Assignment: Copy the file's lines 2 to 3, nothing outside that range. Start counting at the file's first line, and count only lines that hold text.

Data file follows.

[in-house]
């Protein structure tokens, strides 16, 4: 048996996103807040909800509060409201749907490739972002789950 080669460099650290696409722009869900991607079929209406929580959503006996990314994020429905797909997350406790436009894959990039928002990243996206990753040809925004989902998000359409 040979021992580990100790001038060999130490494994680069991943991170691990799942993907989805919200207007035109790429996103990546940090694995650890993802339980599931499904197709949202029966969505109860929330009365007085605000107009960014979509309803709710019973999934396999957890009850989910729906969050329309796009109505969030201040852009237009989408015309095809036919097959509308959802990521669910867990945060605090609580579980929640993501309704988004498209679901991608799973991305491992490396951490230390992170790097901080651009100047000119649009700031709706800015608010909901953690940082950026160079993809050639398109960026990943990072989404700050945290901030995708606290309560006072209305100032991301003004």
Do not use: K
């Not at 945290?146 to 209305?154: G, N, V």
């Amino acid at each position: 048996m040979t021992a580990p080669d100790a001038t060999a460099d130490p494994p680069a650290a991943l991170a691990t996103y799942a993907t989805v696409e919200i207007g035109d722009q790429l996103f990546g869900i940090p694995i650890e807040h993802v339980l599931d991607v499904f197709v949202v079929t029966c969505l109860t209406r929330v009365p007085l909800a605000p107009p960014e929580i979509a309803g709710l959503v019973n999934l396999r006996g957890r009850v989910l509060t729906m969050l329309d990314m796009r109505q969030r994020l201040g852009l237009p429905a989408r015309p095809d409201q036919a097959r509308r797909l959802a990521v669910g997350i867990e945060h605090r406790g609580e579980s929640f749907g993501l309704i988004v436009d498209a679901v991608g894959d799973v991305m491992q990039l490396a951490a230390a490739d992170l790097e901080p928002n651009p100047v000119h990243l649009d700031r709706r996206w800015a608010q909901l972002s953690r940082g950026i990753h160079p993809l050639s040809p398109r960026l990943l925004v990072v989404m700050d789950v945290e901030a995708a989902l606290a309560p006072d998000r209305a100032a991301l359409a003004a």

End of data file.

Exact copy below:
């Protein structure tokens, strides 16, 4: 048996996103807040909800509060409201749907490739972002789950 080669460099650290696409722009869900991607079929209406929580959503006996990314994020429905797909997350406790436009894959990039928002990243996206990753040809925004989902998000359409 040979021992580990100790001038060999130490494994680069991943991170691990799942993907989805919200207007035109790429996103990546940090694995650890993802339980599931499904197709949202029966969505109860929330009365007085605000107009960014979509309803709710019973999934396999957890009850989910729906969050329309796009109505969030201040852009237009989408015309095809036919097959509308959802990521669910867990945060605090609580579980929640993501309704988004498209679901991608799973991305491992490396951490230390992170790097901080651009100047000119649009700031709706800015608010909901953690940082950026160079993809050639398109960026990943990072989404700050945290901030995708606290309560006072209305100032991301003004």
Do not use: K